European innovators discuss digital education at Restart Europe in Venice

We met in Venice with 161 European innovators from 24 different countries to work on “restarting the old country”, and education was the first topic. There was a new energy there. Fresh. Stimulating. In two words: Restart Europe! The event, which was not titled Restart Europe by chance, was organized by Microsoft and StartUpItalia, in… Read more »

We met in Venice with 161 European innovators from 24 different countries to work on “restarting the old country”, and education was the first topic. There was a new energy there. Fresh. Stimulating. In two words: Restart Europe! The event, which was not titled Restart Europe by chance, was organized by Microsoft and StartUpItalia, in collaboration with HP and Vodafone, and recently united many young people under 30 at the Arsenale di Venezia to share ideas and experiences and to layout together the guidelines for changing Europe (or for at least starting on the right path). Restart Europe was the first of a series of encounters that took place during the second week of July dedicated to digitalization and renewal: Digital Venice, which was promoted by the Council of the European Commission.

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THE GOAL. 5 working tables were organized, one for each point on the European Digital Agenda: work, education, smart cities, economy, and digital democracy. The goal was that of having a paper ready with 10 concrete proposals that were then presented on July 8 to the European Commissioner for the Digital Agenda Neelie Kroes  and to Matteo Renzi, President of Italy and the European Parliament. And education was in the spotlight.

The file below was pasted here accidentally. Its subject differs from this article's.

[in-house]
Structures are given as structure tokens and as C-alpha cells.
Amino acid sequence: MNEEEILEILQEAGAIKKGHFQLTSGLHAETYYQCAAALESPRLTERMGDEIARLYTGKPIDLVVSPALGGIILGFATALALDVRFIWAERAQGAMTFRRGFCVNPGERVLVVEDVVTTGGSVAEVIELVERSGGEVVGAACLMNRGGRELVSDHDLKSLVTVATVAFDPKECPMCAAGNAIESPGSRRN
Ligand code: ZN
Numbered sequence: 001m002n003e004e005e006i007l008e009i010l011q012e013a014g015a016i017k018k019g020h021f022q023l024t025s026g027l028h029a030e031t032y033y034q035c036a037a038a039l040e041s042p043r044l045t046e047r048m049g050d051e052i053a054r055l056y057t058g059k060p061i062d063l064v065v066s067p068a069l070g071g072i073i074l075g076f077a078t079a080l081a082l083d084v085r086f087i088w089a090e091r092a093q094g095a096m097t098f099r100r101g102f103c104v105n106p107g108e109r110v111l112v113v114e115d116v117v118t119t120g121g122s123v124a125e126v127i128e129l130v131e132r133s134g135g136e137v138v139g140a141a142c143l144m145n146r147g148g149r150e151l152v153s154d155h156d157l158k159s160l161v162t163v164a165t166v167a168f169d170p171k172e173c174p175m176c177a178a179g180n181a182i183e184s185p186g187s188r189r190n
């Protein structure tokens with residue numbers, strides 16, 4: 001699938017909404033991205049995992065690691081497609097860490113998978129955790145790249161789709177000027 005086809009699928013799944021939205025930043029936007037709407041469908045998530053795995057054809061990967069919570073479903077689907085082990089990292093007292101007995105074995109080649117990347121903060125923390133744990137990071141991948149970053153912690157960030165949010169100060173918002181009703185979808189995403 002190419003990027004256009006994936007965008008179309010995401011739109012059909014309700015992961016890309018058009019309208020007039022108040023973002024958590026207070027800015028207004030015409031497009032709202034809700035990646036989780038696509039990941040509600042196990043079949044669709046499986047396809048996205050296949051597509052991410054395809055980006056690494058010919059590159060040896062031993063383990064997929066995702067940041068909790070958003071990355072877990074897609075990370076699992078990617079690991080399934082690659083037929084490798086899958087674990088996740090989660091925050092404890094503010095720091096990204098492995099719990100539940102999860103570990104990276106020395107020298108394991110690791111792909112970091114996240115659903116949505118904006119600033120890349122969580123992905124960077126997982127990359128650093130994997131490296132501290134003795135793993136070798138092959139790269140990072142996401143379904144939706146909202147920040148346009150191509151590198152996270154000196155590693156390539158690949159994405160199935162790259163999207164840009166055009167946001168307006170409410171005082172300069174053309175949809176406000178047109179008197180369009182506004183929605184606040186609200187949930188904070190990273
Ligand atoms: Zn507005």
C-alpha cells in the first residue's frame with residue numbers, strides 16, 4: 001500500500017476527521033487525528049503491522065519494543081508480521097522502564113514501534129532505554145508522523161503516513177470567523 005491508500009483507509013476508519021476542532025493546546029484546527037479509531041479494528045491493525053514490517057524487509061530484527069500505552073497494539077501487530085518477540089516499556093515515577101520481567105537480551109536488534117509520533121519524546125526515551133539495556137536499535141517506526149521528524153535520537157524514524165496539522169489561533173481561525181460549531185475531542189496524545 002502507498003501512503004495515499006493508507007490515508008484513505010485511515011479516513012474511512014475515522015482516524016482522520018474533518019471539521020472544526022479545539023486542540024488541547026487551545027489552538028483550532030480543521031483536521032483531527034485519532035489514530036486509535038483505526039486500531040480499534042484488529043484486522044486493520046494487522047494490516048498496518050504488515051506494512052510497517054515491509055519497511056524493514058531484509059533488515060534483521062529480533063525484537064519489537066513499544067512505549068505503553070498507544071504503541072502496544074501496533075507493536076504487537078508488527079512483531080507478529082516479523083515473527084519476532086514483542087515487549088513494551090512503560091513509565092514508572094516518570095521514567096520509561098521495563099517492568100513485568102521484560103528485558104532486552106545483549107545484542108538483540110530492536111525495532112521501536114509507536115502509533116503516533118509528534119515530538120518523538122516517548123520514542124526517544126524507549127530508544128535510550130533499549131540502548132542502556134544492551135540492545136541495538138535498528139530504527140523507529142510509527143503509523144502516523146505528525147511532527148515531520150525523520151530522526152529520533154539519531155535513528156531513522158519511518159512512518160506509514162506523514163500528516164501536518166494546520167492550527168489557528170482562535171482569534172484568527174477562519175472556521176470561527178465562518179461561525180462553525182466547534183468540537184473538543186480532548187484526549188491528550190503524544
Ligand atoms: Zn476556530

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DIGITAL EDUCATION. Schools cannot remain indifferent to the new needs of our times. We are changing. We are in the digital age, whether we like it or not. Competency in IT takes third place among the most requested knowledge in the work world. The Italian education system must keep this in mind and work towards aligning itself with the rest of Europe. In Italian schools, in fact, less than two students out of 10 have access to a PC, while in Norway there are more computers than students. Can Europe contribute to making access to technologies more homogenous? This was discussed in Venice. And many separate voices were transformed into a chorus.

THE BIG QUESTIONS. The five questions that answers were asked for during the round table discussions on digital education regarded the role of social networks within the scholastic system, the training of teachers, understanding of digital tools and, finally, e-learning. 23 young innovators discussed this coordinated by 3 important figures from the world of education and startups: Andrea Gerosa, Alessandro Magnino, and Alessandro Rimassa.

The discussion began at 14.30. Here below are the photos of the innovators at work:

THE SOLUTIONS. The main issue that emerged from the round table discussion was the need to stimulate dialog between schools and the work world. This way it is possible to keep up with the times, staying aware of the real needs of our country and how the school must form its young people in order to allow them to confront the present (and future) in the most competitive ways. Another fundamental point is guaranteeing a stable connection in classes. Digital cannot be discussed if many Italian schools still do not have WiFi access. We must grow aiming towards excellency, trying to replicate good European practices. And it is precisely within this optic that it would be opportune to allow schools to be free to experiment with new learning methods and measure the results.

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